2012 Text 3 Question B
Your school’s Student Council is currently discussing the issue of school outings, educational trips,theatre visits, etc. Write a persuasive article for your school website supporting or opposing such events.
Places one has never visited often hold a certain mystery or fascination. Write a feature article for a travel magazine about a place you have never been to but would like to visit. In your article explain what you find fascinating about this place and why you would like to go there.
The languauge of information so, again, be aware of the features. A proposal consitis of requesting change in standard practise or how something is carried out in an organisation. it may be a suggestion for innovation or change or an entirely new departure for an organisation.
it involves giving the state of affairs as they stand , a problem, inefficiency etc.and putting forward a solution that has been worked out in some deatil.
Click Here for great link on writing Proposals.
Reports are written in the language of information and should be clear, concise, factual and objective.
There are a number of accepted ways of doing this correctly. The most straightforward is using the method:
IFCR– Introduction, findings, conclusion, recommendations.
Explain what the report is about, why you decided to write it, how you will gather your information.
Using bullet points & statistics, make a list of your findings.
What can you conclude from what you’ve discovered above.
What changes / solutions do you suggest. One per conclusion. Be specific.
NOTE: on one occasion students were asked to write a ‘memo’. A memo is an informative document usually used in an office setting. There are many accepted formats for this so there is no absolutely correct structure. The language is usually formal, clear and direct. Click on this link for further explanation and examples HERE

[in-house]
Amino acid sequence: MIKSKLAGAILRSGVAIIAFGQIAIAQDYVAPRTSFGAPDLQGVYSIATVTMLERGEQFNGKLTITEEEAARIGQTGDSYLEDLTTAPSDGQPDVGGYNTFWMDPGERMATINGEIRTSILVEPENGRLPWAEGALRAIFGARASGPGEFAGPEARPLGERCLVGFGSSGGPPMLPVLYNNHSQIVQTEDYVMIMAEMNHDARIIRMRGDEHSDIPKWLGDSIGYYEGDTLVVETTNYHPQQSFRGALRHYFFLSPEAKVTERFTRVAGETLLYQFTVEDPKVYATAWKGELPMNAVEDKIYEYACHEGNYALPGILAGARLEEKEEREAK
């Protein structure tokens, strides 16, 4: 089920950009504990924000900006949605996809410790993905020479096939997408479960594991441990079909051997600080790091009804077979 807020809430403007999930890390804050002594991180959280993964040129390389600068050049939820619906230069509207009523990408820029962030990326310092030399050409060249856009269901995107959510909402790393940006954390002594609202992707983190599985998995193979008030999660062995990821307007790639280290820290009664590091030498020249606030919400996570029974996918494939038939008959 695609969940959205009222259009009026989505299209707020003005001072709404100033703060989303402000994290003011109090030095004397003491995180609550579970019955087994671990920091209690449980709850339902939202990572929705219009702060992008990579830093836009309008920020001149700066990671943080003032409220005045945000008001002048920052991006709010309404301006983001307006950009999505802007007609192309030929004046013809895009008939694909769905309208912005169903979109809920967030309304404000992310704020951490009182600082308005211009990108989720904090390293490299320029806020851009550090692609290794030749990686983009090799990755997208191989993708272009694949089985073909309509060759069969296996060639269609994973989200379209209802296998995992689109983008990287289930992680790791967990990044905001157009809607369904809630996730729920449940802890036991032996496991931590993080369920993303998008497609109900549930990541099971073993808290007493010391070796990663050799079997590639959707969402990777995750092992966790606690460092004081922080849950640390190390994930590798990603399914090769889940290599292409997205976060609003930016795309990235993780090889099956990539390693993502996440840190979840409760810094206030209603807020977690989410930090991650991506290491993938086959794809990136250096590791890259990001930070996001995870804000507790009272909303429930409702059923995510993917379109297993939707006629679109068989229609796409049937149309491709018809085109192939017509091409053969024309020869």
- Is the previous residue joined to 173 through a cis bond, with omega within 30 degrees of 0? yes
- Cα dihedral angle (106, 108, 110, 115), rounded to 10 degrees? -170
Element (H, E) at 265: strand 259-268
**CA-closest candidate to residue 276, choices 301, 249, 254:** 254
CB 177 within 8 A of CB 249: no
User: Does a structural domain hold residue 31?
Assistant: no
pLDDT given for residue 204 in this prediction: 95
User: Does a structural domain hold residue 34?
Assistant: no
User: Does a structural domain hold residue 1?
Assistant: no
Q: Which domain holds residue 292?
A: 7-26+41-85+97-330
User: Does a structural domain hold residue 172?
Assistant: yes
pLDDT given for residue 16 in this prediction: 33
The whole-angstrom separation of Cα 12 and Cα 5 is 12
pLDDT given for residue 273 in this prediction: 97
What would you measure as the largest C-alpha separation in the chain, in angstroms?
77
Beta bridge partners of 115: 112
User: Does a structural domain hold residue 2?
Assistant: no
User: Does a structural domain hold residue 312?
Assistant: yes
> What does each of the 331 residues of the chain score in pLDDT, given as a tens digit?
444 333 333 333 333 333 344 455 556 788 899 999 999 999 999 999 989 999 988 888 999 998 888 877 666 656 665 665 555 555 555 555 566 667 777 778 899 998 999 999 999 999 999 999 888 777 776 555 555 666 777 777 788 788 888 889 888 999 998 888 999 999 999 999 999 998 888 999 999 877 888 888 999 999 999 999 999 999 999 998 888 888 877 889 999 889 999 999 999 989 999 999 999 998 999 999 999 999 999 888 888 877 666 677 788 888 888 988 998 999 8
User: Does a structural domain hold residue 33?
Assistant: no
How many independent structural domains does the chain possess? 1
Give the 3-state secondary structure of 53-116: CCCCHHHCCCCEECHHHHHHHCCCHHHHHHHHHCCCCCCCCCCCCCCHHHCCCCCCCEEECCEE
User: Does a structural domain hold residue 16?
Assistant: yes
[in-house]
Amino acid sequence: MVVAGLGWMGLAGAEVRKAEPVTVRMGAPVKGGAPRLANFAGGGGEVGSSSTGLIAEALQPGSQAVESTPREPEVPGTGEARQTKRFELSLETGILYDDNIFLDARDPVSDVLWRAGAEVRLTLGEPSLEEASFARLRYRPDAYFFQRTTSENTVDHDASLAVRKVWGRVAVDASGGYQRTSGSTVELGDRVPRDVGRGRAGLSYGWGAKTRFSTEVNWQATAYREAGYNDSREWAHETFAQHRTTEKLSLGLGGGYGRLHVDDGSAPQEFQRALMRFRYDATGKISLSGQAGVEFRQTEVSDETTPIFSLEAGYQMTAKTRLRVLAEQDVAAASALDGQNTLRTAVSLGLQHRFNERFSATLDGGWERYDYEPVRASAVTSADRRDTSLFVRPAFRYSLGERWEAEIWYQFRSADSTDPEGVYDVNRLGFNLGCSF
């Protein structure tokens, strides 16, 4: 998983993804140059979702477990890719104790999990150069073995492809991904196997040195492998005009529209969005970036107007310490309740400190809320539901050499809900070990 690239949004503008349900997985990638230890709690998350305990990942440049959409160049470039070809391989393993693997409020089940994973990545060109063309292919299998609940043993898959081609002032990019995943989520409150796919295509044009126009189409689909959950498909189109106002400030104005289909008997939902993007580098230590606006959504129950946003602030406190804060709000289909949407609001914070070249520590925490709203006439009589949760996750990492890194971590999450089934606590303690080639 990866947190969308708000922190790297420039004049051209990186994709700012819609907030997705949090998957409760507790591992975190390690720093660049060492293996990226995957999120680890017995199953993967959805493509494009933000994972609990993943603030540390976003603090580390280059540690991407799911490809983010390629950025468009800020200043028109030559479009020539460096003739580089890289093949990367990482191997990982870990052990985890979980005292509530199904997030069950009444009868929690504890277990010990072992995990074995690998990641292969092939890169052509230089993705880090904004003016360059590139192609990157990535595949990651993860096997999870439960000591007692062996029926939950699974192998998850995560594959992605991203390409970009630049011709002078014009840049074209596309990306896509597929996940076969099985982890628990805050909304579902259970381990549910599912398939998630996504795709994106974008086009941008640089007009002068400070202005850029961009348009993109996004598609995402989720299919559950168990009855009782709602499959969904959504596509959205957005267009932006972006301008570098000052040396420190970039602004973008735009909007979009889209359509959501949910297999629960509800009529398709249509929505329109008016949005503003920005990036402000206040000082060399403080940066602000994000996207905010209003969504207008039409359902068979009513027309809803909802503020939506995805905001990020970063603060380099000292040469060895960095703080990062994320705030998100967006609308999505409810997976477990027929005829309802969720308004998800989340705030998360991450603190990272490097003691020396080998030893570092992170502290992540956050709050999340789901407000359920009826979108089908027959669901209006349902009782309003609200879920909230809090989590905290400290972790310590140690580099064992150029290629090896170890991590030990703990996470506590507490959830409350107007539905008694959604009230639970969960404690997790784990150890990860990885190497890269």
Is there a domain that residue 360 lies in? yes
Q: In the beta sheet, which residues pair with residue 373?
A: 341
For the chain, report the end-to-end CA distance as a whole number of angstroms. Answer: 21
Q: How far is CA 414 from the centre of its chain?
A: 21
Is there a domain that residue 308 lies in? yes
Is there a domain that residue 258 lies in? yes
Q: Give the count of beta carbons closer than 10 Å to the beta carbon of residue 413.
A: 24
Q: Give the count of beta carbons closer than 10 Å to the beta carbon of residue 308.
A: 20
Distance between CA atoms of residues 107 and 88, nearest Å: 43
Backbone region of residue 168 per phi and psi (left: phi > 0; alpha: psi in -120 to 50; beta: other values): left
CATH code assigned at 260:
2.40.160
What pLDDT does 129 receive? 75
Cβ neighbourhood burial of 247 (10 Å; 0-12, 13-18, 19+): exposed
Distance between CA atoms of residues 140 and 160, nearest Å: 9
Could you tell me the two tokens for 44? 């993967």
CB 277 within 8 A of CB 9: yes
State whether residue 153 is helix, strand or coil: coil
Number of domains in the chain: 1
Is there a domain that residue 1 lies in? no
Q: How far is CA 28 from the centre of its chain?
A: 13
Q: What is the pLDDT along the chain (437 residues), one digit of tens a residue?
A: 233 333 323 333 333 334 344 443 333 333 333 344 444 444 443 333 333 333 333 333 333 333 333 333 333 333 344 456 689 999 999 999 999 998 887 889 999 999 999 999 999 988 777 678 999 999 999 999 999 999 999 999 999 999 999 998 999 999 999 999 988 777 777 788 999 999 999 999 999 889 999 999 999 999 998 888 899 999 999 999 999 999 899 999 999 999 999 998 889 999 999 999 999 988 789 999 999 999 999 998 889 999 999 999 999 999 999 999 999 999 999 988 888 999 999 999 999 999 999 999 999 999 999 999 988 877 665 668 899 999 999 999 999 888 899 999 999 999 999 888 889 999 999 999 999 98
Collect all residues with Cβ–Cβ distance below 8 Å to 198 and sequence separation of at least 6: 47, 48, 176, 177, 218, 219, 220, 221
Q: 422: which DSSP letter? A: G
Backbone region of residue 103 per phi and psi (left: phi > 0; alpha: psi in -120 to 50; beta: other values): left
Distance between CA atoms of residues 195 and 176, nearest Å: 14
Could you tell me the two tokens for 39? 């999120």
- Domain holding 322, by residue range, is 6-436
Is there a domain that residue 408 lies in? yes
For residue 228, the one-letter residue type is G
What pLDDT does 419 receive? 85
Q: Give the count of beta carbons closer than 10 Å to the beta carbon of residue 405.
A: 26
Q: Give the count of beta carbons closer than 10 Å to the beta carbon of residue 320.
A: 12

Compose a set of guidelines, intended for alien visitors, entitled ‘Welcome to our planet’
Compose a radio interview with a politician/ musician/ actor of your choosing.
To decide what questions to ask, you will have to think about the type of person being interviewed and the subject of the interview. Another key factor is the audience (as always) so the interview must be pitched in that particular style-think carefully about this, you want to interest your audience in aspects of a person’s life and this takes some imagination and originality. The interviewer wants to discover something new or interesting about the interviewee- to offer a previously undisclosed insight and not the same thing over again.
However, most interviewers will think about 3 general areas to steer their interview:
Their Past Questions about childhood, where they grew up, significant events/influences, scandals that they may have been involved in- their side of the story.
Their Present Current project they are working on. What they enjoy/dislike about their current job, family life, etc. recent successes and failures
Their Future Where they see themselves in the future, how will their career path change?, how can they realise their dreams?, what are their dreams?… etc.
Come up with a list of questions.
Tone – informal, you write as you would speak – this is after all a conversation..
Answers should obviously be much longer than the questions. We do not wan’t to find out about the interviewer.